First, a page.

The fact that gambling addiction is taking a toll on the lives of many can be substantiated by the recent figures released by the NHS which reveal that the number of emergency hospital admissions related to gambling addiction is at an all-time high.
The NHS says that the emergency cases of people facing pathological gambling issues have increased by about 100 percent or just doubled in six years. The NHS has said that it has been witnessing a “rising tide” of gambling-related illnesses, including psychosis.
The NHS reports that the cases of pathological gambling, a condition in which people can get so consumed by their desire to gamble that they even resort to crime, has increased by over 30 percent.
NHS officials have blamed it on betting operators in the country and have said that they are the ones to be blamed the most for risking the health and money of punters.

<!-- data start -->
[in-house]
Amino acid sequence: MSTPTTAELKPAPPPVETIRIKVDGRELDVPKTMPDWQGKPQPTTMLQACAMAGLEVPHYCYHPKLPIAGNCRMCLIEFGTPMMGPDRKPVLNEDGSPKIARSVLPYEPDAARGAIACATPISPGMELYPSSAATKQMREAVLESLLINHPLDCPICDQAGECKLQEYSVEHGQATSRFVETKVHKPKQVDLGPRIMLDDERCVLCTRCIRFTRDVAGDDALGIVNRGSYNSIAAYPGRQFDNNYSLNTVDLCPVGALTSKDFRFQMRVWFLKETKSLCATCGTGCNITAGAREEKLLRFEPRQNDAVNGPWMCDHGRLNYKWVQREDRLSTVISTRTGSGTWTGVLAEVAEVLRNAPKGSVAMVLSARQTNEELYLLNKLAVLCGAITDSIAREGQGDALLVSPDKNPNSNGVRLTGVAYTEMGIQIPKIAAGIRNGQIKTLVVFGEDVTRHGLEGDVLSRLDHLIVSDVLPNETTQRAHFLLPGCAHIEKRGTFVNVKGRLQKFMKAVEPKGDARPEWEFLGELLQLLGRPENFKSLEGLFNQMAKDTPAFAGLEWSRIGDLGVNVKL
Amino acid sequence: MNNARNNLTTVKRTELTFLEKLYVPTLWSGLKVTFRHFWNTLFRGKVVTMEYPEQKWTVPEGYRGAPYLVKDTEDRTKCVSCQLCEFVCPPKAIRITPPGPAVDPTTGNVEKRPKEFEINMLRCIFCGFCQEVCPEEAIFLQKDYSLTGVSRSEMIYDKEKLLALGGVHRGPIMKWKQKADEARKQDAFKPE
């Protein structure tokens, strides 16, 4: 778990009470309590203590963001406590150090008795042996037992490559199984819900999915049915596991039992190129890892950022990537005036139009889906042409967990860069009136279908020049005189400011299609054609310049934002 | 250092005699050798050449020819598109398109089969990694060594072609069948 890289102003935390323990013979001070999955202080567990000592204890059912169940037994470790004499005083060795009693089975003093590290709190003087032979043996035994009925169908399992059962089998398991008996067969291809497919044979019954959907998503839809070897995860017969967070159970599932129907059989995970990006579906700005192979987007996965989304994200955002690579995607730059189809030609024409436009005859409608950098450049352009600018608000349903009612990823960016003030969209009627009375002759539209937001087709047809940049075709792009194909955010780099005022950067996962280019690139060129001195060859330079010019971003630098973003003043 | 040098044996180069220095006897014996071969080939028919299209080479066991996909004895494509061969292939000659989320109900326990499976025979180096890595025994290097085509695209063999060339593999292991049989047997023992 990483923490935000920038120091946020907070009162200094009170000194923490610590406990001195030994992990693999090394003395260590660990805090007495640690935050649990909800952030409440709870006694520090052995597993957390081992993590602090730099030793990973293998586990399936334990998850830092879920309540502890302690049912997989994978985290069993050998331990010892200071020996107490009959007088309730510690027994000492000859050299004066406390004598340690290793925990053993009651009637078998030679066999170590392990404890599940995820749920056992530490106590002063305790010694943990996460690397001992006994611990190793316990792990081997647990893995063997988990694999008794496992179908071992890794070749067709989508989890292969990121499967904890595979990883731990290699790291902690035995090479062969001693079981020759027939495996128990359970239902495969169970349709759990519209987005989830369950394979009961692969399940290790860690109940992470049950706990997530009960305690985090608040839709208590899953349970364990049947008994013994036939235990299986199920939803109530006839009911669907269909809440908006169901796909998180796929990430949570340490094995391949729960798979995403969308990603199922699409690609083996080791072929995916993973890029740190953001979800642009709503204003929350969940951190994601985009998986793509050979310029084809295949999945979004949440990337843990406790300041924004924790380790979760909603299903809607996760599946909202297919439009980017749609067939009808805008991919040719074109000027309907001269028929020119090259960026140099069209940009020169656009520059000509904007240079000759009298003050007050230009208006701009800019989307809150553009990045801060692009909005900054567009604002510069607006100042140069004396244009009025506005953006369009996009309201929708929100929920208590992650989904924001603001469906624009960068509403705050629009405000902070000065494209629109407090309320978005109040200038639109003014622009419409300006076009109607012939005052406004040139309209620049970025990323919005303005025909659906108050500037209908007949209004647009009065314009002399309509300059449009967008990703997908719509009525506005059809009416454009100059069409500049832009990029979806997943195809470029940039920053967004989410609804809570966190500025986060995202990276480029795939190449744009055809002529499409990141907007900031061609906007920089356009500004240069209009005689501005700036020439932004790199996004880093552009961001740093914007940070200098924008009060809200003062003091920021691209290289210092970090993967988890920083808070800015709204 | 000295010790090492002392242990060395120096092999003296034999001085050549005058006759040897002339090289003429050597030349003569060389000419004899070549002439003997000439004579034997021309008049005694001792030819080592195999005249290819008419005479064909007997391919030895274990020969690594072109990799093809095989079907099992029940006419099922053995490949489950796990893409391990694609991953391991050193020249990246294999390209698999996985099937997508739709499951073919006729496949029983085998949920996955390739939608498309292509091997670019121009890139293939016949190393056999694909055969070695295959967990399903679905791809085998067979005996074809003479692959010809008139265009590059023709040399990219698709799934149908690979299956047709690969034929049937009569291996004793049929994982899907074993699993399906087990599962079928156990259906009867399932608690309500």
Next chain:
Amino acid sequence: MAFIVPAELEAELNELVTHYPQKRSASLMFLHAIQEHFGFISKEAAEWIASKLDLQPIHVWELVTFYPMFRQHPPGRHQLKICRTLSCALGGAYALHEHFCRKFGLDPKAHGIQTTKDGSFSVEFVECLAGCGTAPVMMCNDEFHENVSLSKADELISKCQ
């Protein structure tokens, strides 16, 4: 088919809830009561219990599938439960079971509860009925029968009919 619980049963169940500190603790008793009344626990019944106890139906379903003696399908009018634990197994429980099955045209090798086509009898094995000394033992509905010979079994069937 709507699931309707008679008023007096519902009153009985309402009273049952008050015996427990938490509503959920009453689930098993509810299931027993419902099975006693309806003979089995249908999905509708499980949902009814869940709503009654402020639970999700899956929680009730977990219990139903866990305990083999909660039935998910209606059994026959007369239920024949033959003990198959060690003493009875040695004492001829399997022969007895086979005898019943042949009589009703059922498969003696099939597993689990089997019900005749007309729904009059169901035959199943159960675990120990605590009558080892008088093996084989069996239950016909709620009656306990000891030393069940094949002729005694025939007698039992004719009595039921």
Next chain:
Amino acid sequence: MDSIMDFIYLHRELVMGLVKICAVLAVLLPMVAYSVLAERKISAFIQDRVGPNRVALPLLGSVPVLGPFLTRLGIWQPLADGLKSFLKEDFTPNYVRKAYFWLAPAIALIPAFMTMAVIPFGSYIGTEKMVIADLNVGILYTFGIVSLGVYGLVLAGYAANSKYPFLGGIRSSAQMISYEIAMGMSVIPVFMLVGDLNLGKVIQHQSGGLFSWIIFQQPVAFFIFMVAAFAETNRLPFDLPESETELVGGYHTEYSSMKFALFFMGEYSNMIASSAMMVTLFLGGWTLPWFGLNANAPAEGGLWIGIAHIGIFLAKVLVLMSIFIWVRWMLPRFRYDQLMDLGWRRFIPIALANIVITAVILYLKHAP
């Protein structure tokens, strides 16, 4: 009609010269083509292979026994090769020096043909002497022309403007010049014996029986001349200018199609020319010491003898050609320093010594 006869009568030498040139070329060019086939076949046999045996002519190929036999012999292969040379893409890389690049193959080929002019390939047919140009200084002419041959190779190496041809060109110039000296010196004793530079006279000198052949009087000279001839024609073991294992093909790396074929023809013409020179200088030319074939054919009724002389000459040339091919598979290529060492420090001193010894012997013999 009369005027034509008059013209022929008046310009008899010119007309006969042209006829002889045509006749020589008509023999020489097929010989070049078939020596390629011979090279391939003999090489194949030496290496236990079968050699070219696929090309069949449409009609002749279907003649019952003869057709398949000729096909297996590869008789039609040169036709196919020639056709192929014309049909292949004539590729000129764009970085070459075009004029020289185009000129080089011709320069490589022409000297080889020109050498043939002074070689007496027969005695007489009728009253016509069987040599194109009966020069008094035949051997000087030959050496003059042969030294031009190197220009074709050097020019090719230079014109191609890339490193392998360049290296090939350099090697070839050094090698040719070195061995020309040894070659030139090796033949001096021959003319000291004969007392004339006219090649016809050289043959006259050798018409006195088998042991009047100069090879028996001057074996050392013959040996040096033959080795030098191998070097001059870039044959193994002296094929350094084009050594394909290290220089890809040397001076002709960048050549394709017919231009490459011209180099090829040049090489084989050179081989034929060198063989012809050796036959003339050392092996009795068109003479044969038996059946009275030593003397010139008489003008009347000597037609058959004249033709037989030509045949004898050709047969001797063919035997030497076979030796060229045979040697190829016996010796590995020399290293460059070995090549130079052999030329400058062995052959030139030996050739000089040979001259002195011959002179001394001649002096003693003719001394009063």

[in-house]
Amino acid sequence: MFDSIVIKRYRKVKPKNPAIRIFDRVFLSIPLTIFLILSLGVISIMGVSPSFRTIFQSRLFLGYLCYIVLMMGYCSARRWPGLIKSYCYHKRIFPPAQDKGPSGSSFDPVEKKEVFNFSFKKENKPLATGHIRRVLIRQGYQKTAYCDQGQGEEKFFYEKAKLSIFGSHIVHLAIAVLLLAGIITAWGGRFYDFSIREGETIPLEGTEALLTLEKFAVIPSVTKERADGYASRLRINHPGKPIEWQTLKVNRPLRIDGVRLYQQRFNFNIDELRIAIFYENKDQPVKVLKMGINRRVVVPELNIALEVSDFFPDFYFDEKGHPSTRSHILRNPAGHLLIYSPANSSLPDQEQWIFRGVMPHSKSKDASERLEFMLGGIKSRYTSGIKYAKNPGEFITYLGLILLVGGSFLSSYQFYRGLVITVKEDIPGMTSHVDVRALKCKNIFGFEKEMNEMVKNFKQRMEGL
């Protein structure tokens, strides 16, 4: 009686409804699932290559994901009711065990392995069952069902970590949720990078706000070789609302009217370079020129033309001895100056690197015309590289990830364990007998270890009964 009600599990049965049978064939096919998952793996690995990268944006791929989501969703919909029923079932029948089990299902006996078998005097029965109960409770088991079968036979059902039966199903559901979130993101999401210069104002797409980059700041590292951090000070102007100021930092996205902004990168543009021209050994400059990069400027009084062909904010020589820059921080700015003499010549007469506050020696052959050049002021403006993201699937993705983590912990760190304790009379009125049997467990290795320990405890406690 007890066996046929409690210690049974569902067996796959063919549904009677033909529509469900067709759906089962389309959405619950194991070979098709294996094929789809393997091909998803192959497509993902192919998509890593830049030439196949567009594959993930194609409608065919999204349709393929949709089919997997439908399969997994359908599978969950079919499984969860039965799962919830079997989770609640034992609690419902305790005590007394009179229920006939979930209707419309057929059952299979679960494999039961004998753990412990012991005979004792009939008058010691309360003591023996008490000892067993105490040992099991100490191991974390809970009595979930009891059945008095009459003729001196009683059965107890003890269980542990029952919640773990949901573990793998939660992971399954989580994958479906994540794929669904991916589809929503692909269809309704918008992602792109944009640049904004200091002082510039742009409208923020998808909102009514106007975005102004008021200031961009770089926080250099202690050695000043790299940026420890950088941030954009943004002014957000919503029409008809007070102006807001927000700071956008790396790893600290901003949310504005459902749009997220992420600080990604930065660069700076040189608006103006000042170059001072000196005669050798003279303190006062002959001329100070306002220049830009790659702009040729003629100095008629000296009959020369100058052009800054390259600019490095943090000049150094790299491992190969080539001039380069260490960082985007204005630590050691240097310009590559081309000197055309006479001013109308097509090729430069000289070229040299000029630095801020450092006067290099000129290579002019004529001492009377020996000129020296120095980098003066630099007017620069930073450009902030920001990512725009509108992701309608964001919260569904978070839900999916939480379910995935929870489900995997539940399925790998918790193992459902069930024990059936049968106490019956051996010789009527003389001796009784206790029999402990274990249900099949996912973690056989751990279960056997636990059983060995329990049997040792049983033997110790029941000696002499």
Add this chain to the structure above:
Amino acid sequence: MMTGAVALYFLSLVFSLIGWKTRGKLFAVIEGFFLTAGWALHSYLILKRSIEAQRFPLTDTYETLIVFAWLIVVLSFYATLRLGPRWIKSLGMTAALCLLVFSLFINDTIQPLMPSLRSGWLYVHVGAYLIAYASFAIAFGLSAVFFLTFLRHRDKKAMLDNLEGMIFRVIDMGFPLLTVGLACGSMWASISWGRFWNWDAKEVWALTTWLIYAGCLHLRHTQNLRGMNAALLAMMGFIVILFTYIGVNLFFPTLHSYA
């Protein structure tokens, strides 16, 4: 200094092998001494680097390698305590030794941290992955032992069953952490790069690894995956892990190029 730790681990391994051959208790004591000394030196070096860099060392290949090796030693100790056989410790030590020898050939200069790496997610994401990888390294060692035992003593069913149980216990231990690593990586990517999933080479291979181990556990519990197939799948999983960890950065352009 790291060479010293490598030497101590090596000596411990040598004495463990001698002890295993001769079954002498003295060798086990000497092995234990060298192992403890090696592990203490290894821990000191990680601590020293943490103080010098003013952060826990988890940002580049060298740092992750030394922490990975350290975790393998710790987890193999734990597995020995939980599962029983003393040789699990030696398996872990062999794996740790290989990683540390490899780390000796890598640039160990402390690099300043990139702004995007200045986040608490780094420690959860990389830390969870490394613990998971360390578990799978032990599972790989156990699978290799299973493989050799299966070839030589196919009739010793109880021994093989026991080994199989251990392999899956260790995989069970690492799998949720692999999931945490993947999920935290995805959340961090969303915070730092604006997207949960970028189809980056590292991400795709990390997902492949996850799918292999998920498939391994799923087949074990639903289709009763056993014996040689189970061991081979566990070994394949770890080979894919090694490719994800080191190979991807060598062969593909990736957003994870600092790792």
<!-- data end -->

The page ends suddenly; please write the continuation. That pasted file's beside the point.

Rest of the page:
While the gambling-related admissions to hospitals in the UK were only 150 in 2012/13, it increased to 321 in 2018/19. There were 98 cases of pathological gambling in 2016/17; however, it grew to 132 in 2017/18 and 171 in 2018/19.
This year the NHS opened its first ever gambling clinic targeting young people. The NHS has plans to open 14 new problem gambling clinics by 2023/24.
Claire Murdoch, National Mental Health Director for the NHS said: “Our NHS is fighting back against a rising tide of gambling-related ill health as more people than ever before are being egged-on by shameless gambling firms not just to take a chance with their money, but with their health too.
“While the NHS will always be there for people – adapting, improving and increasing different and new treatments as our patients need them as part of our Long Term Plan – the gambling industry, which takes upward of £14bn a year from punters, must take the blame for this increase and ensure a fair amount of its profits help its customers who may suffer from addiction.”